On Antiracism: Let Your Voice be Heard

With the Board of Supervisors making a historic decision to establish an Antiracist Policy agenda, Los Angeles County is inviting the public to make their voices heard and join in the conversation about how to address institutional racism.

The County Chief Executive Office’s Anti-Racism, Diversity and Inclusion Initiative has launched a community engagement website – https://ceo.lacounty.gov/antiracism/ — and encourages people to email their comments, questions or ideas to race-equity@ceo.lacounty.gov.

On July 21, 2020, the Board adopted a sweeping initiative that boldly articulates an anti-racist agenda that will guide, govern and increase the County’s ongoing commitment to fighting racism in all its dimensions, especially racism that systemically and systematically affects Black residents.

Authored by Supervisor Mark Ridley-Thomas and unanimously approved by all five Supervisors, the motion prioritizes an anti-racist Los Angeles County policy agenda and calls on the County’s CEO to develop a strategic plan and policy platform.

“It is incumbent upon those of us who sit in positions of authority to begin dismantling systemic racial bias within the entities for which we are responsible,” Supervisor Ridley-Thomas said when the motion was approved. “It’s no longer sufficient to support diversity and inclusion initiatives. The County has made great strides toward addressing and eliminating implicit bias; it is time to advance to the next level. The County must move to identify and confront explicit institutional racism to set the national standard and become a leader of antiracist policymaking and program implementation.”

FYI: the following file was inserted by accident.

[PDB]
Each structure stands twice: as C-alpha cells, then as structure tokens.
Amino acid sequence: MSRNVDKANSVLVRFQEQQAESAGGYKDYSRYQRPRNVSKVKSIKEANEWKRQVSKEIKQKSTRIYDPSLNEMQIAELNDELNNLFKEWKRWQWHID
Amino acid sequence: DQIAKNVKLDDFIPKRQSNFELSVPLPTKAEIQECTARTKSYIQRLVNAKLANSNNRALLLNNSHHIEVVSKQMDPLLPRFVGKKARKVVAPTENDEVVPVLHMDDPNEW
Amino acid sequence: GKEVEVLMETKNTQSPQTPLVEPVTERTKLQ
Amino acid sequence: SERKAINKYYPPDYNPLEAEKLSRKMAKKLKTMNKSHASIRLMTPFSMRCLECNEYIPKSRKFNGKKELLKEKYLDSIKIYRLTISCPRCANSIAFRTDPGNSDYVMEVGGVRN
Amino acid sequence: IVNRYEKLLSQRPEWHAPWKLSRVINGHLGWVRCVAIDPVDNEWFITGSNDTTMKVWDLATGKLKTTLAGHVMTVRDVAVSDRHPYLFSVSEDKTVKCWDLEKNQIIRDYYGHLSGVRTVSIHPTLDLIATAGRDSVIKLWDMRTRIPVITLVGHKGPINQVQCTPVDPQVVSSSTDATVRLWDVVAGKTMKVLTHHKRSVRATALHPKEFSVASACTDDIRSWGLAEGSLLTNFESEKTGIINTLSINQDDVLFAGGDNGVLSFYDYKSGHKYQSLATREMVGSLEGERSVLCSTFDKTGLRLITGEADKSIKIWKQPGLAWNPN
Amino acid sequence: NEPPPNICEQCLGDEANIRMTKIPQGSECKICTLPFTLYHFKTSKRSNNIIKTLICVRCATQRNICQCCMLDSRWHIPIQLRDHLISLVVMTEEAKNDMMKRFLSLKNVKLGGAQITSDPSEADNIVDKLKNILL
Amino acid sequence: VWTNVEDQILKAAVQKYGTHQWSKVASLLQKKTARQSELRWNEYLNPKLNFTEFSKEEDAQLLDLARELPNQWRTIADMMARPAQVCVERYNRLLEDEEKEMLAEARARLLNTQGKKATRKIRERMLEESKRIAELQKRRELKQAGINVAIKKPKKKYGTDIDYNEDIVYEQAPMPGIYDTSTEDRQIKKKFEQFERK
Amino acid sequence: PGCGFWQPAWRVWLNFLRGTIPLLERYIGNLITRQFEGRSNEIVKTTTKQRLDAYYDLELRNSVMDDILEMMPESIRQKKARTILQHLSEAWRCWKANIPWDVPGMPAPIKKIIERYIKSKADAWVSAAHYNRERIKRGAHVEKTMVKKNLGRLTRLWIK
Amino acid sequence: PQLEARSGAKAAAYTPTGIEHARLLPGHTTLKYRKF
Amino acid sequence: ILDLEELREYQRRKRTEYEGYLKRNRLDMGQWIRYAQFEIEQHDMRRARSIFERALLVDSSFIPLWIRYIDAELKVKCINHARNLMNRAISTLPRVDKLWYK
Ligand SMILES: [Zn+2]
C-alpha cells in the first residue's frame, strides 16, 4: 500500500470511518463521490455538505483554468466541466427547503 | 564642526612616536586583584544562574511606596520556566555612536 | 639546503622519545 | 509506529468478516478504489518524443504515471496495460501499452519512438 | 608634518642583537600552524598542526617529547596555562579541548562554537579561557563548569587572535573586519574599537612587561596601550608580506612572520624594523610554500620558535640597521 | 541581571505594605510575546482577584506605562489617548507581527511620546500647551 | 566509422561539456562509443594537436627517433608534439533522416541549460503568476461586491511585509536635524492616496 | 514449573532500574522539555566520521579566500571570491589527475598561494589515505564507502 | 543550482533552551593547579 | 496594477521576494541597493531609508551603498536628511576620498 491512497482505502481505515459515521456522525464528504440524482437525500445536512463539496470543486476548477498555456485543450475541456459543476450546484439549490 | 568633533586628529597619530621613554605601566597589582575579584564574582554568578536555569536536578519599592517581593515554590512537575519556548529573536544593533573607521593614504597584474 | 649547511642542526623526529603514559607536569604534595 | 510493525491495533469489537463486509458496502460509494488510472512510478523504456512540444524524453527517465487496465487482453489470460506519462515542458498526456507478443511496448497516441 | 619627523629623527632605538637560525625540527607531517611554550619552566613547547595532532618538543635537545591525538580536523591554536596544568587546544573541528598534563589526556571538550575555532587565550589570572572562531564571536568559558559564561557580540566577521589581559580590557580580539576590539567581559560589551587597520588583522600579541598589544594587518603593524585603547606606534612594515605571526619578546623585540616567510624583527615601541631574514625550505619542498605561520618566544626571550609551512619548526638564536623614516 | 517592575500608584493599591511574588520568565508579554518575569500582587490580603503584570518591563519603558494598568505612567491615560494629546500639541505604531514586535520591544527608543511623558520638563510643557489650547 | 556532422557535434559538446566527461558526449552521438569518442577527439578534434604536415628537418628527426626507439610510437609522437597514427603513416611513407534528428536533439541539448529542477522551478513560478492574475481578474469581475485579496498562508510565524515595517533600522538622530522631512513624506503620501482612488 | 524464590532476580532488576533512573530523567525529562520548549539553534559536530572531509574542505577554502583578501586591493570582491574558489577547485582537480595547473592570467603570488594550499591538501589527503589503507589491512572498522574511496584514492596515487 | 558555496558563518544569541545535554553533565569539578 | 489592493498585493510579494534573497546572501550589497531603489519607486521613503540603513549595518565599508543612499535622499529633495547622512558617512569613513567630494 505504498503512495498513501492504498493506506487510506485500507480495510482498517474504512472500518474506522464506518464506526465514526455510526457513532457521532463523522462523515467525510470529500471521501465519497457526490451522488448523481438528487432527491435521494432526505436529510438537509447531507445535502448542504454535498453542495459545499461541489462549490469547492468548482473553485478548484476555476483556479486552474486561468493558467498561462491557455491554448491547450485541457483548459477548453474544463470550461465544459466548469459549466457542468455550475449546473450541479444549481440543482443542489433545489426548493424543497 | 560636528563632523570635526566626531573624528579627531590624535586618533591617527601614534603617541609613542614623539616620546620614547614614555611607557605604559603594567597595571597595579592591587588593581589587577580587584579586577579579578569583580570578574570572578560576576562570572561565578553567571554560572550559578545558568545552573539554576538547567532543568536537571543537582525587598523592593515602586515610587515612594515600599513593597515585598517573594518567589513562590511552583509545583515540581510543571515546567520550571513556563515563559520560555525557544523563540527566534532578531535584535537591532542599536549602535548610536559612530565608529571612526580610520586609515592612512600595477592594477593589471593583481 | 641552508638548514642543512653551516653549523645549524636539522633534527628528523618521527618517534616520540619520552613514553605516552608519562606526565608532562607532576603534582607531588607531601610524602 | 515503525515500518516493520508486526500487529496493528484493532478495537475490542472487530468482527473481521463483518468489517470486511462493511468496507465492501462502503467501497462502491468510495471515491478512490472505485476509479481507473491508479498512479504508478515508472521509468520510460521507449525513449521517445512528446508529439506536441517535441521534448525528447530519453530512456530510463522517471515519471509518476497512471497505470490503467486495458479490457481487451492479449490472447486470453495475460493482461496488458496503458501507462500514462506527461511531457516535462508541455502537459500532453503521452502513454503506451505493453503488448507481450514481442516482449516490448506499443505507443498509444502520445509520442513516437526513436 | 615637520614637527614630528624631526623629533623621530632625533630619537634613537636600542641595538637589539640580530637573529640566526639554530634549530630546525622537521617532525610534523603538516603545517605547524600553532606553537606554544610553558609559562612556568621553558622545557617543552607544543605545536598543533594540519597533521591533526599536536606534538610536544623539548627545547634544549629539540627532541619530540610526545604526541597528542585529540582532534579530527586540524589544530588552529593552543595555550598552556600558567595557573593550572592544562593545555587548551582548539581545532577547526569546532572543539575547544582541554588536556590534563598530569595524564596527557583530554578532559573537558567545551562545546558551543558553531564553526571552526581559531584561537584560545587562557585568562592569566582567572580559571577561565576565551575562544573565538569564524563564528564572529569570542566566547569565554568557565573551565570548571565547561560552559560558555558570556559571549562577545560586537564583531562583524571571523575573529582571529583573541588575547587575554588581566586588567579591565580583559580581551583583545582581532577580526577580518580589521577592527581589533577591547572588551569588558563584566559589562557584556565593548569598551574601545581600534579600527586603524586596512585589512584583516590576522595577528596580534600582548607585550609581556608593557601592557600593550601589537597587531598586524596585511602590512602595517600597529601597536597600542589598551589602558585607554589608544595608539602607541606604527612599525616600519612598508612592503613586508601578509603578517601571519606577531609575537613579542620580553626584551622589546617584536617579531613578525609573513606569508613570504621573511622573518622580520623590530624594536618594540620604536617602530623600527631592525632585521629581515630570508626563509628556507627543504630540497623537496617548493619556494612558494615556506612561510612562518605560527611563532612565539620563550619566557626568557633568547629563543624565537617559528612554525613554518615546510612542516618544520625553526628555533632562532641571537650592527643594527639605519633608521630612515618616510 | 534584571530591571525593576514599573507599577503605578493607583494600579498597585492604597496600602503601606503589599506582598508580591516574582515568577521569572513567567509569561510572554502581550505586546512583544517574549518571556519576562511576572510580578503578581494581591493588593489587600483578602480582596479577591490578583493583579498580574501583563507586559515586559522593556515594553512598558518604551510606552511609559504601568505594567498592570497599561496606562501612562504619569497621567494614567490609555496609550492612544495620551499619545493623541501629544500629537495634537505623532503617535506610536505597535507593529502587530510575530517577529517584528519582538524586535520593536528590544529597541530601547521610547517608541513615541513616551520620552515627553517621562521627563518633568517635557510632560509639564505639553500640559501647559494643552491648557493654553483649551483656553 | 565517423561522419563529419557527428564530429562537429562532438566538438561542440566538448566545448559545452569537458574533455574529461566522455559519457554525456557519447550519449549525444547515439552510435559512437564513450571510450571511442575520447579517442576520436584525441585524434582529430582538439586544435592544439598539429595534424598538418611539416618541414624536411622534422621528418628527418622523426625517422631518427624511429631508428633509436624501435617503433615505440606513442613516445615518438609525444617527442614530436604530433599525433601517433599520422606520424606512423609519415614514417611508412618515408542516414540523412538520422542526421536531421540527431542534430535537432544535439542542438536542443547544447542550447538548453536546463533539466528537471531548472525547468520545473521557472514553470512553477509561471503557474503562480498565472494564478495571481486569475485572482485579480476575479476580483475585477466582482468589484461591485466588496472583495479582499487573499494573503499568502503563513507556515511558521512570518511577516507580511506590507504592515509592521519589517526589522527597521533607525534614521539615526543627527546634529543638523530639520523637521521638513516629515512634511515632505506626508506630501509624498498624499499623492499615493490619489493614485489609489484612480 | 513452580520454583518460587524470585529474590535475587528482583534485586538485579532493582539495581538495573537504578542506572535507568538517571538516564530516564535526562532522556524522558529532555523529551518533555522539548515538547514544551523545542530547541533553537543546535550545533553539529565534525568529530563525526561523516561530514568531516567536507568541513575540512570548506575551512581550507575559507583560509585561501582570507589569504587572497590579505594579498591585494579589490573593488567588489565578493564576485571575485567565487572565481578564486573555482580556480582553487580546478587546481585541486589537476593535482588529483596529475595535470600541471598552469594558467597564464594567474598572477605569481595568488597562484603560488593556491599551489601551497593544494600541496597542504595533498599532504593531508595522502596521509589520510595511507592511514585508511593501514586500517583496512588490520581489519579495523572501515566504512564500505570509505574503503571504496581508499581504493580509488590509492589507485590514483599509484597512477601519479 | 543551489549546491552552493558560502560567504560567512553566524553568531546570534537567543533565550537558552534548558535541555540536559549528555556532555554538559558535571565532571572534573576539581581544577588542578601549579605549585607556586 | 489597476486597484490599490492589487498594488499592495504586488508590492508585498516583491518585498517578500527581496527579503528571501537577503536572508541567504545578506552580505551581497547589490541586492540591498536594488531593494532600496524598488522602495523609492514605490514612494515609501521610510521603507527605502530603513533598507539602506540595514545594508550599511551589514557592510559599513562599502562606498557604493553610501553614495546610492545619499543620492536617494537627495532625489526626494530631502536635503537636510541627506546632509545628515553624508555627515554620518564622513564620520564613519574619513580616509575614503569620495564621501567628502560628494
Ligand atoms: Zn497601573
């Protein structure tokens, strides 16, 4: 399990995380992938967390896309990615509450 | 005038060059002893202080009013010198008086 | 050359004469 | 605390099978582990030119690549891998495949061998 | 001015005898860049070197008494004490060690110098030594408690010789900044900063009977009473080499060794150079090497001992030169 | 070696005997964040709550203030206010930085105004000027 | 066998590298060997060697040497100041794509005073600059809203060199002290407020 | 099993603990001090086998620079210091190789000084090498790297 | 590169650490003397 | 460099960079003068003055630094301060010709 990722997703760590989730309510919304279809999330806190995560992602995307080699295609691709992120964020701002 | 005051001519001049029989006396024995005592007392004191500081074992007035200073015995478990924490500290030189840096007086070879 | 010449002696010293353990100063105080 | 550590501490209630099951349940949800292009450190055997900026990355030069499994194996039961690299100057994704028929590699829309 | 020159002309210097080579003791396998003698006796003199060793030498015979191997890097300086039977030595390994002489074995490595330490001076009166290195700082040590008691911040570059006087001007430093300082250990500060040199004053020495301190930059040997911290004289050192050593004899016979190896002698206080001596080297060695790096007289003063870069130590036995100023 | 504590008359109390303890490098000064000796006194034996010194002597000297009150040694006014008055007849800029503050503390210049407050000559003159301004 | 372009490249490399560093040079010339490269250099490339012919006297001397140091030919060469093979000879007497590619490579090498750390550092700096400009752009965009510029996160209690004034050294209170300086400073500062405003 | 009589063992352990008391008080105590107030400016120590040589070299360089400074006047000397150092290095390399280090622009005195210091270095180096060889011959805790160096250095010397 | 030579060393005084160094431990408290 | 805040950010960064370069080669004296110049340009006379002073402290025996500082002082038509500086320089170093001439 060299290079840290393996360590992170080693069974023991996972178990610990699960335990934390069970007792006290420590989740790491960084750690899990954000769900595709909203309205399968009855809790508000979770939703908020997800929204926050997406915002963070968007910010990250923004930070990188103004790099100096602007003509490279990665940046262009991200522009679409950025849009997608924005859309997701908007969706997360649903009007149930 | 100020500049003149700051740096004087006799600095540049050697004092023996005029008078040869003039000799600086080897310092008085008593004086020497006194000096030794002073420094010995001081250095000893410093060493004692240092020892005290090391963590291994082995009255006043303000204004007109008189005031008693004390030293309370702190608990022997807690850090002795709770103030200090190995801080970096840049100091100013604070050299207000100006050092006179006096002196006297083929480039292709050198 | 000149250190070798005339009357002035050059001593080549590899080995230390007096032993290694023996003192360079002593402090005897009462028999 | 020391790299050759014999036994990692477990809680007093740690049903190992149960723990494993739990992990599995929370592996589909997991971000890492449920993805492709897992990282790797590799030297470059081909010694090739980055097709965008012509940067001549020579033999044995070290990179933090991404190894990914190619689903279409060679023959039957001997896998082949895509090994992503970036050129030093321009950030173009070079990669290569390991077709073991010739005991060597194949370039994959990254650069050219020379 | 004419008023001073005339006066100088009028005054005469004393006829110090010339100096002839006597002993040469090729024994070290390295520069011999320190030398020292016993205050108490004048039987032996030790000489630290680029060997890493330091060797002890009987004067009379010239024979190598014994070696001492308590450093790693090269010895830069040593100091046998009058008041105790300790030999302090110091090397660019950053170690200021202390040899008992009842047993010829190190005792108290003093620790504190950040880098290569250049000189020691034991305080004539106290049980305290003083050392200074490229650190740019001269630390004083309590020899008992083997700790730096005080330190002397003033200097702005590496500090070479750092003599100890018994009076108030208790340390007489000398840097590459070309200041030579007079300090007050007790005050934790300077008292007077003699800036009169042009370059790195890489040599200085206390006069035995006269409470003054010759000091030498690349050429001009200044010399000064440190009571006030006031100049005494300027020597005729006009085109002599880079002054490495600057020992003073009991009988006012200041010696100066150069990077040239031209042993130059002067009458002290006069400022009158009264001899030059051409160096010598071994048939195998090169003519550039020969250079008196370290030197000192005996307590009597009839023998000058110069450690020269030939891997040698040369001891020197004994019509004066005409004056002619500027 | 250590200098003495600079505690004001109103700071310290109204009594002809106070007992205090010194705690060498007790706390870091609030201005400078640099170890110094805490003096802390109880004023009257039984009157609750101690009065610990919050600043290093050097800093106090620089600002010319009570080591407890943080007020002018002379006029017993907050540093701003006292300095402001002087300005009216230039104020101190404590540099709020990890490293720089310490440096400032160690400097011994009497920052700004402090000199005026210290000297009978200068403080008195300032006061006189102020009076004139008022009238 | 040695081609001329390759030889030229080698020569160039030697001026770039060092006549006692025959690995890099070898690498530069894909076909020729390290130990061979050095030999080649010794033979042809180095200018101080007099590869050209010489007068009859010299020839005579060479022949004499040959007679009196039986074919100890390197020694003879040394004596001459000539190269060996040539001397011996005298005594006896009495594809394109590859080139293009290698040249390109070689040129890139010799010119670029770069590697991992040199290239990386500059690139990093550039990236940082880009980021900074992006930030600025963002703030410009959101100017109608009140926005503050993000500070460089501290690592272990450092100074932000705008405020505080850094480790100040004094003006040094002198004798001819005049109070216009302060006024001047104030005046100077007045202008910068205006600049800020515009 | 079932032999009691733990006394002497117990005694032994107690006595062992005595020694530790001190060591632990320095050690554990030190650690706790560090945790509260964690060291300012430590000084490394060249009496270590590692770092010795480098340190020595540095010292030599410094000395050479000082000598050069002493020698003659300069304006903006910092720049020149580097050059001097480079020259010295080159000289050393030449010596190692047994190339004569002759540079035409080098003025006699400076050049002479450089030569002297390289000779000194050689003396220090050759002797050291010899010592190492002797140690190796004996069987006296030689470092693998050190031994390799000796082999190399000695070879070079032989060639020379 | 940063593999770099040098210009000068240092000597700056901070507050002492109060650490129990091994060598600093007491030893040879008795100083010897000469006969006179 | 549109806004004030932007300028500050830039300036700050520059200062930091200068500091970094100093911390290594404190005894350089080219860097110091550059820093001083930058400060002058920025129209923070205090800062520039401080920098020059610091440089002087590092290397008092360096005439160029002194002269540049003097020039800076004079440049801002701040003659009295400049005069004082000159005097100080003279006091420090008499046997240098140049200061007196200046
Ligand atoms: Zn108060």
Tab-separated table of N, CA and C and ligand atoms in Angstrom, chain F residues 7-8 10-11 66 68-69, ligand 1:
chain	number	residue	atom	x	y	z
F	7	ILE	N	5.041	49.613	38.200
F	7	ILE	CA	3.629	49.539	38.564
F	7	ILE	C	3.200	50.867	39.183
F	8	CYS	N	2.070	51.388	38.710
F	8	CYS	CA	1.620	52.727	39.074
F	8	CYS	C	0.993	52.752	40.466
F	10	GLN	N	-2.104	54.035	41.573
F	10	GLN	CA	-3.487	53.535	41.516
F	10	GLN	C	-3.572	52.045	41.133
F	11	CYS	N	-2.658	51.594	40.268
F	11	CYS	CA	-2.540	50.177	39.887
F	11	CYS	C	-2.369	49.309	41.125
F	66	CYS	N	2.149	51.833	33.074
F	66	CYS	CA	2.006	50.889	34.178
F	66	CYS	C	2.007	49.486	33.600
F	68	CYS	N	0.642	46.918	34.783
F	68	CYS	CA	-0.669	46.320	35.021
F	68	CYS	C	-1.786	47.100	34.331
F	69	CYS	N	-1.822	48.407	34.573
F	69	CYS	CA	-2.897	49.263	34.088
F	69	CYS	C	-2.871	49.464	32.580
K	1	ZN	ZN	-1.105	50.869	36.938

County CEO Sachi Hamai, said, “This is our opportunity as a County to meaningfully address not only systemic anti-Black racism, but to take our place at the forefront of the anti-racist movement that will define our time. From addressing the devastating impacts of racism on public health to remedying the tragic disparities in housing, education and employment, we are setting out to overcome some of the biggest challenges our County has ever faced. This is a daunting mission we are embarking on, but I know that our County has the heart and determination to get the job done.”

Noting the legacy of slavery continues to disadvantage African Americans, the Antiracism motion called on the Board to declare that racism is a matter of public health, and to prioritize its elimination from County policies, practices, operations and programs.

The motion also called for making legislative, policy and programmatic changes to prioritize physical and mental health, housing, employment, public safety and justice in an equitable way for African Americans. Finally, it calls for tracking progress by reporting annually on the State of Black Los Angeles County.

The motion came in the wake of the May 25th killing of George Floyd in Minneapolis that set off nationwide protests against structural racism and discrimination, asymmetrical consolidation of power, and extreme wealth and income inequity – all of which disproportionately disadvantage Black people.

Supervisor Mark Ridley-Thomas pays tribute to civil rights icon Dr. Martin Luther King, Jr. at the 27th Annual Empowerment Congress Summit in January 2020. Photo by Aurelia Ventura/Board of Supervisors